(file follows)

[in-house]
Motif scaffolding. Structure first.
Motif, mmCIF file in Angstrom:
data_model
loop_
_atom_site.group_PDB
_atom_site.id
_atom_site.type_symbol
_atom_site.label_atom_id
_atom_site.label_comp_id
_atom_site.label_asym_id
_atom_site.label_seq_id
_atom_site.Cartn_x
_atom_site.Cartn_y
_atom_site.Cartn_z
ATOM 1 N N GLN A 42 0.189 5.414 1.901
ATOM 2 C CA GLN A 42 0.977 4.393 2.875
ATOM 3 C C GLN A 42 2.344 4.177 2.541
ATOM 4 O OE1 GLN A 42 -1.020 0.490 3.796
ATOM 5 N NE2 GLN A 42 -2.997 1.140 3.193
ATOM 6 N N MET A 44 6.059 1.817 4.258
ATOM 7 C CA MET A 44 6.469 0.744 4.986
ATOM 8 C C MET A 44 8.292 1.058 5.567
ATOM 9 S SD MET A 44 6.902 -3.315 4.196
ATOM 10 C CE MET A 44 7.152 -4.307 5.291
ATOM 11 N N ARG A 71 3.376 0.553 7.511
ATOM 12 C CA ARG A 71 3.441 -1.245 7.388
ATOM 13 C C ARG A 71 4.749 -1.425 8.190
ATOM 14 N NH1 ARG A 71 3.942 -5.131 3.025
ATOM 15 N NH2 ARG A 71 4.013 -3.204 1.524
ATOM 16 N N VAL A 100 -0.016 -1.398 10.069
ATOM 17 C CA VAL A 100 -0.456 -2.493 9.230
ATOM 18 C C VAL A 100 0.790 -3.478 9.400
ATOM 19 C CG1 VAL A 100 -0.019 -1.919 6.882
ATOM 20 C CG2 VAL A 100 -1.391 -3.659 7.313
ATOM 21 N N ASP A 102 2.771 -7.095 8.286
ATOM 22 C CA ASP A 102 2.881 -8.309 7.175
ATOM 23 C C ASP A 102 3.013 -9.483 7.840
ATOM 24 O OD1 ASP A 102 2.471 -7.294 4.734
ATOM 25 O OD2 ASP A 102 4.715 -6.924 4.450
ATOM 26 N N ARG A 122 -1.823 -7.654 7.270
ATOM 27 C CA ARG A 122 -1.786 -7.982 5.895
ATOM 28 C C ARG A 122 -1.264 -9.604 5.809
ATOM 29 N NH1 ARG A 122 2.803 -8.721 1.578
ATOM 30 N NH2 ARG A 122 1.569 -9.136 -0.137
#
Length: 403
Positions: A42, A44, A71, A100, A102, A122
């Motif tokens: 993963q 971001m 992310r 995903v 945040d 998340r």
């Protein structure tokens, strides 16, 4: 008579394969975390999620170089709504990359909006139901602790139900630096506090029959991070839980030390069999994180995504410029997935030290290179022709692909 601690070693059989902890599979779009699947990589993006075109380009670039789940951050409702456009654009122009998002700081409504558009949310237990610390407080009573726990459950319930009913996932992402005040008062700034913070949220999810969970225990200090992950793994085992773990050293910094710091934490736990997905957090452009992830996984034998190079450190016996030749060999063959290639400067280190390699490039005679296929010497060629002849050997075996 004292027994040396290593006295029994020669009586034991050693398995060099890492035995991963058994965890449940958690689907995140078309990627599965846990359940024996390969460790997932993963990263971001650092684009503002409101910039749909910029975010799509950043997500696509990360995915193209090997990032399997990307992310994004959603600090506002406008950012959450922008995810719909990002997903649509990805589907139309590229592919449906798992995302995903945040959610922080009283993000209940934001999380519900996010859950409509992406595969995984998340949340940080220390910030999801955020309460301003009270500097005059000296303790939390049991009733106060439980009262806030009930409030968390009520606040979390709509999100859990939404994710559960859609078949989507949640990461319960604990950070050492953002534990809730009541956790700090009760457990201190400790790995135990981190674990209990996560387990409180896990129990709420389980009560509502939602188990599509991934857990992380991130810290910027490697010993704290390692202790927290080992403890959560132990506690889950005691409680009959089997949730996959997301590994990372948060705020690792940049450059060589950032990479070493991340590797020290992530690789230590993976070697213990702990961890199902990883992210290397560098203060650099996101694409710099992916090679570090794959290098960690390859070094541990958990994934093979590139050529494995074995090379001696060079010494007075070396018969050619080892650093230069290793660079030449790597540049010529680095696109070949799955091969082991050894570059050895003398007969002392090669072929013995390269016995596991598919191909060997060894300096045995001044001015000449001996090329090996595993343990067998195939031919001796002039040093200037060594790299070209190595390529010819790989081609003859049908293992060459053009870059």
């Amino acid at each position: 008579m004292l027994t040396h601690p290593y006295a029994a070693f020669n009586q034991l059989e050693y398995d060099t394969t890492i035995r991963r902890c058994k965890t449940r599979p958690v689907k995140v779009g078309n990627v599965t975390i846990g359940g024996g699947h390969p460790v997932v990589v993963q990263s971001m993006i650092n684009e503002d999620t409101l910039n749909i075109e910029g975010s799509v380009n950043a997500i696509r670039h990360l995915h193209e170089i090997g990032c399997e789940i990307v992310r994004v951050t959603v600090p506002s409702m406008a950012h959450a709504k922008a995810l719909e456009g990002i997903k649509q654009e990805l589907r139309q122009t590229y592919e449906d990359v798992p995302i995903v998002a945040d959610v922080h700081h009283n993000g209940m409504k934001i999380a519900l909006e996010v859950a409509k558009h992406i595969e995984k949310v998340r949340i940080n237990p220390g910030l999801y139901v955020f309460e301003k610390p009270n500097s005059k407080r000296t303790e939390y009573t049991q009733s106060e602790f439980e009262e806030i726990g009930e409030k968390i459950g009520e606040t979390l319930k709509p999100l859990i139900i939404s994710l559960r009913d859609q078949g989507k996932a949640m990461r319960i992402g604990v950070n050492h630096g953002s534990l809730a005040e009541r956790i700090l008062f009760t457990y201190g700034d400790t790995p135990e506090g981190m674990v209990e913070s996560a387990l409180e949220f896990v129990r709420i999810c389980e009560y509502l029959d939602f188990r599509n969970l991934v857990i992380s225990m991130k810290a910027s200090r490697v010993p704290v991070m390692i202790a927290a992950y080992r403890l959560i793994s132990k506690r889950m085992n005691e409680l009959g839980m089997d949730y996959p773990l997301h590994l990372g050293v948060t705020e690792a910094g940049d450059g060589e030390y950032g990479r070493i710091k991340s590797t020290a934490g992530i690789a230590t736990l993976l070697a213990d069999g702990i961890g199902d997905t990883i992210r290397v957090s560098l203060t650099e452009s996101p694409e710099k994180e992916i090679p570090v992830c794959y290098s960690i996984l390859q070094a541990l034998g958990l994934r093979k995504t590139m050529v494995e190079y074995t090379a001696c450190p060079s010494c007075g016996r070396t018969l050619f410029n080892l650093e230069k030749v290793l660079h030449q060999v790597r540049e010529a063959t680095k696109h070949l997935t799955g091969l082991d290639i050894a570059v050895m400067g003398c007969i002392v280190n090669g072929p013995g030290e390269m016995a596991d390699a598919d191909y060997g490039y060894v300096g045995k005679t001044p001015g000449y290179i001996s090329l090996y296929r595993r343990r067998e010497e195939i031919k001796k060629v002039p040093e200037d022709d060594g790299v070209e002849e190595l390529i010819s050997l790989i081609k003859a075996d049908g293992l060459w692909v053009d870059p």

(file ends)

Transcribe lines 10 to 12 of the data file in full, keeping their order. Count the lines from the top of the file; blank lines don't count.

_atom_site.label_comp_id
_atom_site.label_asym_id
_atom_site.label_seq_id